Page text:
ASU team developing Parkinson's device with help from high schooler

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This device would alert people with Parkinson's disease about an oncoming freezing episode. (Source: KPHO/KTVK) This device would alert people with Parkinson's disease about an oncoming freezing episode. (Source: KPHO/KTVK)
Shreya Venkatesh, a high school senior at BASIS Scottsdale, is helping program the devices vibration patterns. (Source: KPHO/KTVK) Shreya Venkatesh, a high school senior at BASIS Scottsdale, is helping program the devices vibration patterns. (Source: KPHO/KTVK)
It measures the patients pace and senses when the individual is straying from their normal walk pattern. (Source: KPHO/KTVK) It measures the patients pace and senses when the individual is straying from their normal walk pattern. (Source: KPHO/KTVK)
TEMPE, AZ (3TV/CBS 5) -

A team at Arizona State University is working on a wearable device designed to help people with Parkinson’s disease overcome sudden freezing episodes.

And among the researchers at ASU’s Center for Cognitive Ubiquitous Computing -- or CUbiC -- is one who doesn’t have a high school diploma. Yet.

Shreya Venkatesh, a high school senior at BASIS Scottsdale, is helping program the device’s vibration patterns. That “vibrotactile feedback,” as CUbiC calls it, is designed to alert Parkinson’s patients that a freezing episode may be ahead and help them avoid it.

“Individuals with Parkinson's experience what's called Freezing of Gait, which is essentially their feet feel like they're freezing up in the middle of their walk,” explained computer science doctoral student Arash Tadayon. “So we're looking to predict when this is going to occur and give them a signal to notify them, ‘Hey, you may be entering into one of these episodes. Start taking longer steps to break out of this.’”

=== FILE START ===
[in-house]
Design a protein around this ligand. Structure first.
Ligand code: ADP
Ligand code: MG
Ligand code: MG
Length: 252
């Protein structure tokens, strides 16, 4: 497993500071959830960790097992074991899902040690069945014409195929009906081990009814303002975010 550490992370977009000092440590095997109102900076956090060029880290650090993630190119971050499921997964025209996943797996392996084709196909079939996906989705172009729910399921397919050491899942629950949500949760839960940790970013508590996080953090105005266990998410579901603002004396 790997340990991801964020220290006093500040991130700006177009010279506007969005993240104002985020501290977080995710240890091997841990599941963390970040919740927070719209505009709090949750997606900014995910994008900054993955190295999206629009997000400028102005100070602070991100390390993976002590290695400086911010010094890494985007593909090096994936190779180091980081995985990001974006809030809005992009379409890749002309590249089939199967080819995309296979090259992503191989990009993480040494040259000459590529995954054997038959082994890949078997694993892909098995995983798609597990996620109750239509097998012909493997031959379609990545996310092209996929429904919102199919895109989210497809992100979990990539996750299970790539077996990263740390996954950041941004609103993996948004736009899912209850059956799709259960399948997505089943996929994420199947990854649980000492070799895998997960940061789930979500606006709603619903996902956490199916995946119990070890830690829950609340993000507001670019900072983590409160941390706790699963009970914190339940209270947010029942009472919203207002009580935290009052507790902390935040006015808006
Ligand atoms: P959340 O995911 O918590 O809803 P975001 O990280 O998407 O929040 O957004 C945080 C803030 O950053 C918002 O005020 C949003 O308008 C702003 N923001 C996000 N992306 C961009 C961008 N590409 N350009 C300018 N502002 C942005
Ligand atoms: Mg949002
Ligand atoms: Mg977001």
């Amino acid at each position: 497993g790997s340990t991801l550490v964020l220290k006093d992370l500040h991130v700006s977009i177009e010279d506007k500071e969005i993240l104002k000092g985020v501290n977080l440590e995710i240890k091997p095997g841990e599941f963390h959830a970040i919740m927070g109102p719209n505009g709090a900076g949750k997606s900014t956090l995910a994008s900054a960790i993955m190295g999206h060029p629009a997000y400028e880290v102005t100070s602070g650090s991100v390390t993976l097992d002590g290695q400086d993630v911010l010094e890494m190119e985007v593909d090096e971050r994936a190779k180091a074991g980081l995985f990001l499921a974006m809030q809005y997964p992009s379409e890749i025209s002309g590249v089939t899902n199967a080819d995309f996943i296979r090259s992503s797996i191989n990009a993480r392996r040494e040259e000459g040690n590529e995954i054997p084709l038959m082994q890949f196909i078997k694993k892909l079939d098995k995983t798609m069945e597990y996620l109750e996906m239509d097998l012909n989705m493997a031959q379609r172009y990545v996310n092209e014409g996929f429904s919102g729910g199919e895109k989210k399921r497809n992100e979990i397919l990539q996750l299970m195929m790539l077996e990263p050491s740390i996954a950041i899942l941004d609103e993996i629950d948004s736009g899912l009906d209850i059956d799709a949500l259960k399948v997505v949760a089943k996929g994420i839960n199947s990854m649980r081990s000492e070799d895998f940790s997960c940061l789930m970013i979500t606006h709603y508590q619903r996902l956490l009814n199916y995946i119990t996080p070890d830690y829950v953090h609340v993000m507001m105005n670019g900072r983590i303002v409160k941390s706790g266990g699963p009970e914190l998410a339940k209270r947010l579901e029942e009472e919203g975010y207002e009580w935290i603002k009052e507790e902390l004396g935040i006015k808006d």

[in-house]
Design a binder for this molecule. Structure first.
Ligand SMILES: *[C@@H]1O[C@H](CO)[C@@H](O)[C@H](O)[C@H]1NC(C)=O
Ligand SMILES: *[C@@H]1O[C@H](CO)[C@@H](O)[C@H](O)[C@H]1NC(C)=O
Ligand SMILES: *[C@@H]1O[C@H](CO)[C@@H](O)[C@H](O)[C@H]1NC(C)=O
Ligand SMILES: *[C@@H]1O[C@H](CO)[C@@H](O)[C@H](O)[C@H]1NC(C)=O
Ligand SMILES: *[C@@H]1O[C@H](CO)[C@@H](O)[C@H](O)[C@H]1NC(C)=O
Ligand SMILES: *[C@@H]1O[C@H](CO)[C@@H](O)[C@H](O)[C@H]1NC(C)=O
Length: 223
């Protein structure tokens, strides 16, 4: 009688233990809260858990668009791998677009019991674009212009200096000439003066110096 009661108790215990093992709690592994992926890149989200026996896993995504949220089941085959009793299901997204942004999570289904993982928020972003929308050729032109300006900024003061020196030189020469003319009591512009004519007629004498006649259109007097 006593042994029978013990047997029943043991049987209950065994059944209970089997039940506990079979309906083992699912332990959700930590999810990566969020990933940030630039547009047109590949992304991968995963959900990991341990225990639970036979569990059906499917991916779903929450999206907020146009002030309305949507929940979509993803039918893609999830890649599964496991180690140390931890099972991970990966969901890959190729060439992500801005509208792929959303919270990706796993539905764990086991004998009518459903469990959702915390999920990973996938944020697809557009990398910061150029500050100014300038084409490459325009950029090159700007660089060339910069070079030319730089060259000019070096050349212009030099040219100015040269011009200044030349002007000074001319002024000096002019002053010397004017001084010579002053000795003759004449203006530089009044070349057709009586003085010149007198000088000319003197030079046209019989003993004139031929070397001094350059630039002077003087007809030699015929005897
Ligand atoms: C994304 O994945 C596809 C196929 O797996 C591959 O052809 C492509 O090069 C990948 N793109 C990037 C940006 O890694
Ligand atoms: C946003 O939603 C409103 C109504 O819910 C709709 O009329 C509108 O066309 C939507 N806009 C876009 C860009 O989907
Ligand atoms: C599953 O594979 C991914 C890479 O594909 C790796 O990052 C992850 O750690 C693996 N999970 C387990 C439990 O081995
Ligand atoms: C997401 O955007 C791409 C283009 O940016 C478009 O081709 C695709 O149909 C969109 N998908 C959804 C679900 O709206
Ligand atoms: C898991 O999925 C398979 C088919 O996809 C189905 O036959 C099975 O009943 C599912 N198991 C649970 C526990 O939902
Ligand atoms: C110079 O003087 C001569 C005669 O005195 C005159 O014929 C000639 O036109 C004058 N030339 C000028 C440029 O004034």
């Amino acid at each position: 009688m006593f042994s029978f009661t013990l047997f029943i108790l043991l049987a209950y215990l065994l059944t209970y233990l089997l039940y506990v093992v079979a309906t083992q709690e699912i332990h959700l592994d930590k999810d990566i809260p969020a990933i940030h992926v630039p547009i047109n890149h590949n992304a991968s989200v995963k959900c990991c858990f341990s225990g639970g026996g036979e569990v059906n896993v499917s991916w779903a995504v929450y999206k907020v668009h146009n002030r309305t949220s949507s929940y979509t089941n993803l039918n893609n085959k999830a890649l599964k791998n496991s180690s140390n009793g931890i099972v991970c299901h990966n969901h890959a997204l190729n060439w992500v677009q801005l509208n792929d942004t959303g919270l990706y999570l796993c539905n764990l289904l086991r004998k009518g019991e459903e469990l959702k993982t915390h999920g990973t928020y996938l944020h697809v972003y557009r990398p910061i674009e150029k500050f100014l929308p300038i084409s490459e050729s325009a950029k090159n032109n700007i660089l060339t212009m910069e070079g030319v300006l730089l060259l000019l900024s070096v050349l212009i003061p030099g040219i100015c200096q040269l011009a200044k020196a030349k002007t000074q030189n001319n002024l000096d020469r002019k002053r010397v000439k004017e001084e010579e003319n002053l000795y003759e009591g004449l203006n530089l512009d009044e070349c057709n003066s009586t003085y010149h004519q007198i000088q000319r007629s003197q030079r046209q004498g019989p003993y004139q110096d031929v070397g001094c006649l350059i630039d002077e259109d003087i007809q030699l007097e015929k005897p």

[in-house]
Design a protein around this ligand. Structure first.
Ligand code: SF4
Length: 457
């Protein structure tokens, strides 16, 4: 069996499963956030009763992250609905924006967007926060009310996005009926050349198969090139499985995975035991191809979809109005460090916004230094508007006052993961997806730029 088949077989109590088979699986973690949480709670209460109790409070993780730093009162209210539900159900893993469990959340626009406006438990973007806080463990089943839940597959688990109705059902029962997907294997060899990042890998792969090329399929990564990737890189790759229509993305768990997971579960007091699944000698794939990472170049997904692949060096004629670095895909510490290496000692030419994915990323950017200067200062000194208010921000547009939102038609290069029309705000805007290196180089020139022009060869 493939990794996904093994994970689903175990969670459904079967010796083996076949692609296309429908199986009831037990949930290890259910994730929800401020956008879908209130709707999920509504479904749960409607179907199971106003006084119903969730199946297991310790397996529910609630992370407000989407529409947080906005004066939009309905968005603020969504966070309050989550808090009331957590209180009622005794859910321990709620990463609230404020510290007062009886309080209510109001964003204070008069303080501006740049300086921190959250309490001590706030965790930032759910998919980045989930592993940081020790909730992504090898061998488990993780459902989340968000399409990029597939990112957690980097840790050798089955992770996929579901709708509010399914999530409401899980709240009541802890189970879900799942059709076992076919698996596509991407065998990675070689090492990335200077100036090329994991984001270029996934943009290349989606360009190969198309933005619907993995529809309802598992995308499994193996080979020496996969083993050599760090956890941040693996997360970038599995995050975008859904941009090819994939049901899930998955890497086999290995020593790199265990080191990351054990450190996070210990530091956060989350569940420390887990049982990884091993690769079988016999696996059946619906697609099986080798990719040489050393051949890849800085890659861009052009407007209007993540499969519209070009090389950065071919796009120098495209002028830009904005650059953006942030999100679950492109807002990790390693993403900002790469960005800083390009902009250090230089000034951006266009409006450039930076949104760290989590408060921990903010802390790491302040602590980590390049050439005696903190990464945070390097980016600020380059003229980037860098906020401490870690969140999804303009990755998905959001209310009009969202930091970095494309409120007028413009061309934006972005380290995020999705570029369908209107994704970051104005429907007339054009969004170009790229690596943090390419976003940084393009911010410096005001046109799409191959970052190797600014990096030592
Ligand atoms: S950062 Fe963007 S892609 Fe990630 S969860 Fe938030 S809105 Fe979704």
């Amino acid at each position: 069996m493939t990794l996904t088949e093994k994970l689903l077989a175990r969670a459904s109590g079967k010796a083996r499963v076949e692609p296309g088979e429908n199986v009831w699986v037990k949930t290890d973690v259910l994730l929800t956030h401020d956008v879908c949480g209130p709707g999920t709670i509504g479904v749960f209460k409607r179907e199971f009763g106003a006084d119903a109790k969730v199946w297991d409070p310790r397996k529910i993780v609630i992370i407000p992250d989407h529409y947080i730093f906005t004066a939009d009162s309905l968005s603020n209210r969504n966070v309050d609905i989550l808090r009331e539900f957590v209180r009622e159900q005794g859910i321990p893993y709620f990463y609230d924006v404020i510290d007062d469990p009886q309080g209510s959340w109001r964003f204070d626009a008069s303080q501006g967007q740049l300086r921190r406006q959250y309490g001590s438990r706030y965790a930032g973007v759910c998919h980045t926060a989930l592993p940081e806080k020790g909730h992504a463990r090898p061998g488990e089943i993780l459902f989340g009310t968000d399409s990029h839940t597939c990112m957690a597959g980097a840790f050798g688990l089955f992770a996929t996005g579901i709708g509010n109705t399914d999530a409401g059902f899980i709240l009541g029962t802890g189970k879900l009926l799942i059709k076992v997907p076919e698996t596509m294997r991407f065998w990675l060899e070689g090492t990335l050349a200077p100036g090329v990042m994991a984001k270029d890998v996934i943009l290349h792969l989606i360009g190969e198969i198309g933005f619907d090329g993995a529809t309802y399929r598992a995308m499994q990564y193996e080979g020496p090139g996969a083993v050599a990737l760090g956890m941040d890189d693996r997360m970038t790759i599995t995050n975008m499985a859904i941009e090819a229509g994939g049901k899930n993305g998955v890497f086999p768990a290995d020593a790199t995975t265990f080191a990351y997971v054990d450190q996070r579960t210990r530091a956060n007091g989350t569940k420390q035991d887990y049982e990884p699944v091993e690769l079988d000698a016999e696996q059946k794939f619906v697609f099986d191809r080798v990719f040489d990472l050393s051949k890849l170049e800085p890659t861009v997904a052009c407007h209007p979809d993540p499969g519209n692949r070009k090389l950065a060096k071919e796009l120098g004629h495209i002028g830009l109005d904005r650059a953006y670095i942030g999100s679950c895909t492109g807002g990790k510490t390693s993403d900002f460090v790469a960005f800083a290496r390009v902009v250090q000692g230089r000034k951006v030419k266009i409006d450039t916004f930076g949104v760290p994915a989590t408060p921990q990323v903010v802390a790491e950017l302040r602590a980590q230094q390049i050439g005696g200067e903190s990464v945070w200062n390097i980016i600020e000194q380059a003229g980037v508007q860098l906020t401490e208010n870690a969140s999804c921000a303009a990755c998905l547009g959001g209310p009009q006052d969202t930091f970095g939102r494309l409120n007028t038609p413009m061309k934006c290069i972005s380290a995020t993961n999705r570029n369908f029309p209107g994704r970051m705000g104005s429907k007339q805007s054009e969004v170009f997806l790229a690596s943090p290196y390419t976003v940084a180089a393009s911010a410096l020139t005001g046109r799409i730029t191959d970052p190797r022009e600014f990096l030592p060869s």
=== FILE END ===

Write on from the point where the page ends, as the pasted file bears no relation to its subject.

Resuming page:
Tadayon is serving as Venkatesh’s mentor on the project.

In its current form, the device is designed to be worn on a patient’s sock. It measures the patient’s pace and senses when the individual is straying from their normal walk pattern.

Venkatesh said the team has begun work on a new version of the device, which is designed to be worn as a belt. She joined CUbiC in 2014 as a high school sophomore, and her work on the Parkinson’s project earned her a “Young Scientist of the Year Award” this year -- among other honors.

“I wrote so many letters to so many labs and professors and scientists and just everybody, and I got so many letters saying no,” she said. “It's always awesome when you get to go to this place where experts work and they show you what they do, and you get really excited about that.”

Troy McDaniel, associate director of CUbiC, said Venkatesh has made a big impact.

“She's definitely raised the bar here at CUbiC,” he said. “She's really taken the project to a whole new level. And we owe that to her, in terms of her contributions.”

McDaniel said they’d like to recruit more high school students to work on research projects just like Venkatesh. It could help patients live better lives.

Interested students should submit their resumes via email.

Copyright 2016 KPHO/KTVK (KPHO Broadcasting Corporation). All rights reserved.


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